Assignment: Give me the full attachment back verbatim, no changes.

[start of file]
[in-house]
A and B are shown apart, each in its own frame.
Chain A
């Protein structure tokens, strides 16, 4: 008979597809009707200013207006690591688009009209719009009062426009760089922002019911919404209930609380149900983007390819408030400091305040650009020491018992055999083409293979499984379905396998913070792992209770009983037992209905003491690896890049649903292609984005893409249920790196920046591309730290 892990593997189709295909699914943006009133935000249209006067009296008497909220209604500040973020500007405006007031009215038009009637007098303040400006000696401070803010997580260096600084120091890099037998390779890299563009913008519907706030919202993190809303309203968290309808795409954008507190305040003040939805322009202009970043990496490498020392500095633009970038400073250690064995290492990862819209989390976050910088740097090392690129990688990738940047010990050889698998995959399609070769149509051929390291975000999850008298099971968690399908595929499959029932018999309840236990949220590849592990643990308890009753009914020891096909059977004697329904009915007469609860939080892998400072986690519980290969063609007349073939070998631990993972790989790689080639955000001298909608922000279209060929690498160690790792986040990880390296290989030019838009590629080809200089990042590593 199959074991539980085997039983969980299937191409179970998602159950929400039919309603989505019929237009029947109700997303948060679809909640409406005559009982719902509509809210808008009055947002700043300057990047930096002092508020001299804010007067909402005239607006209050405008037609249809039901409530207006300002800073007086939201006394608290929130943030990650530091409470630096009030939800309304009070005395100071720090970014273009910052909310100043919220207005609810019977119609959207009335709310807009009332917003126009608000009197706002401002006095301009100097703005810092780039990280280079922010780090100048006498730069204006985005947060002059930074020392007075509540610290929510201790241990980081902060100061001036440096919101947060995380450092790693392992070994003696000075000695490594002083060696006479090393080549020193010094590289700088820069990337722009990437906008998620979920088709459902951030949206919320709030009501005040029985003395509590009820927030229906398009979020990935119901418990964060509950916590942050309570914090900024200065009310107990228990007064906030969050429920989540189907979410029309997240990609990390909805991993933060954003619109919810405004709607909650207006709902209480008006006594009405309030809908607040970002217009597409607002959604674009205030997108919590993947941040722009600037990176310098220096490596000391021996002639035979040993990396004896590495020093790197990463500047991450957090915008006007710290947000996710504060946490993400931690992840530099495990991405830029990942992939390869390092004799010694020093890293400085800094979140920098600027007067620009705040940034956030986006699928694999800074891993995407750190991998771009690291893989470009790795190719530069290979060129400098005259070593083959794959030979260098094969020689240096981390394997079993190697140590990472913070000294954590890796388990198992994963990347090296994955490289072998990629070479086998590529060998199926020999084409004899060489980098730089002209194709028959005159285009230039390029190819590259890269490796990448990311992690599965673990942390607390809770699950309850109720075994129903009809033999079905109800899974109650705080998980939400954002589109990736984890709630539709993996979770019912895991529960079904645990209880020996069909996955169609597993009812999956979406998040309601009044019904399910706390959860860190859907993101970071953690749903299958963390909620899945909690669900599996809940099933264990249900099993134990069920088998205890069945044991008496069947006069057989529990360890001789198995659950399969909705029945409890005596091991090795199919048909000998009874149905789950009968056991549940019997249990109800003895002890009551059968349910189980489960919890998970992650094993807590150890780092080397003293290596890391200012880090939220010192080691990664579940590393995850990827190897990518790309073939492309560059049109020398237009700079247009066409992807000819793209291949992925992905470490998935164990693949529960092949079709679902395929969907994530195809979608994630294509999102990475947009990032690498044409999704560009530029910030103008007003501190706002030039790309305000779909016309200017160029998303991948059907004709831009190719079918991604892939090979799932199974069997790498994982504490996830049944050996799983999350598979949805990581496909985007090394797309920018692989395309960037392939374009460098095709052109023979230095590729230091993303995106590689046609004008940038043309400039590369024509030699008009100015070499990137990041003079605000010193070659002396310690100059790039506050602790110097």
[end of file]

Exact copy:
[in-house]
A and B are shown apart, each in its own frame.
Chain A
């Protein structure tokens, strides 16, 4: 008979597809009707200013207006690591688009009209719009009062426009760089922002019911919404209930609380149900983007390819408030400091305040650009020491018992055999083409293979499984379905396998913070792992209770009983037992209905003491690896890049649903292609984005893409249920790196920046591309730290 892990593997189709295909699914943006009133935000249209006067009296008497909220209604500040973020500007405006007031009215038009009637007098303040400006000696401070803010997580260096600084120091890099037998390779890299563009913008519907706030919202993190809303309203968290309808795409954008507190305040003040939805322009202009970043990496490498020392500095633009970038400073250690064995290492990862819209989390976050910088740097090392690129990688990738940047010990050889698998995959399609070769149509051929390291975000999850008298099971968690399908595929499959029932018999309840236990949220590849592990643990308890009753009914020891096909059977004697329904009915007469609860939080892998400072986690519980290969063609007349073939070998631990993972790989790689080639955000001298909608922000279209060929690498160690790792986040990880390296290989030019838009590629080809200089990042590593 199959074991539980085997039983969980299937191409179970998602159950929400039919309603989505019929237009029947109700997303948060679809909640409406005559009982719902509509809210808008009055947002700043300057990047930096002092508020001299804010007067909402005239607006209050405008037609249809039901409530207006300002800073007086939201006394608290929130943030990650530091409470630096009030939800309304009070005395100071720090970014273009910052909310100043919220207005609810019977119609959207009335709310807009009332917003126009608000009197706002401002006095301009100097703005810092780039990280280079922010780090100048006498730069204006985005947060002059930074020392007075509540610290929510201790241990980081902060100061001036440096919101947060995380450092790693392992070994003696000075000695490594002083060696006479090393080549020193010094590289700088820069990337722009990437906008998620979920088709459902951030949206919320709030009501005040029985003395509590009820927030229906398009979020990935119901418990964060509950916590942050309570914090900024200065009310107990228990007064906030969050429920989540189907979410029309997240990609990390909805991993933060954003619109919810405004709607909650207006709902209480008006006594009405309030809908607040970002217009597409607002959604674009205030997108919590993947941040722009600037990176310098220096490596000391021996002639035979040993990396004896590495020093790197990463500047991450957090915008006007710290947000996710504060946490993400931690992840530099495990991405830029990942992939390869390092004799010694020093890293400085800094979140920098600027007067620009705040940034956030986006699928694999800074891993995407750190991998771009690291893989470009790795190719530069290979060129400098005259070593083959794959030979260098094969020689240096981390394997079993190697140590990472913070000294954590890796388990198992994963990347090296994955490289072998990629070479086998590529060998199926020999084409004899060489980098730089002209194709028959005159285009230039390029190819590259890269490796990448990311992690599965673990942390607390809770699950309850109720075994129903009809033999079905109800899974109650705080998980939400954002589109990736984890709630539709993996979770019912895991529960079904645990209880020996069909996955169609597993009812999956979406998040309601009044019904399910706390959860860190859907993101970071953690749903299958963390909620899945909690669900599996809940099933264990249900099993134990069920088998205890069945044991008496069947006069057989529990360890001789198995659950399969909705029945409890005596091991090795199919048909000998009874149905789950009968056991549940019997249990109800003895002890009551059968349910189980489960919890998970992650094993807590150890780092080397003293290596890391200012880090939220010192080691990664579940590393995850990827190897990518790309073939492309560059049109020398237009700079247009066409992807000819793209291949992925992905470490998935164990693949529960092949079709679902395929969907994530195809979608994630294509999102990475947009990032690498044409999704560009530029910030103008007003501190706002030039790309305000779909016309200017160029998303991948059907004709831009190719079918991604892939090979799932199974069997790498994982504490996830049944050996799983999350598979949805990581496909985007090394797309920018692989395309960037392939374009460098095709052109023979230095590729230091993303995106590689046609004008940038043309400039590369024509030699008009100015070499990137990041003079605000010193070659002396310690100059790039506050602790110097």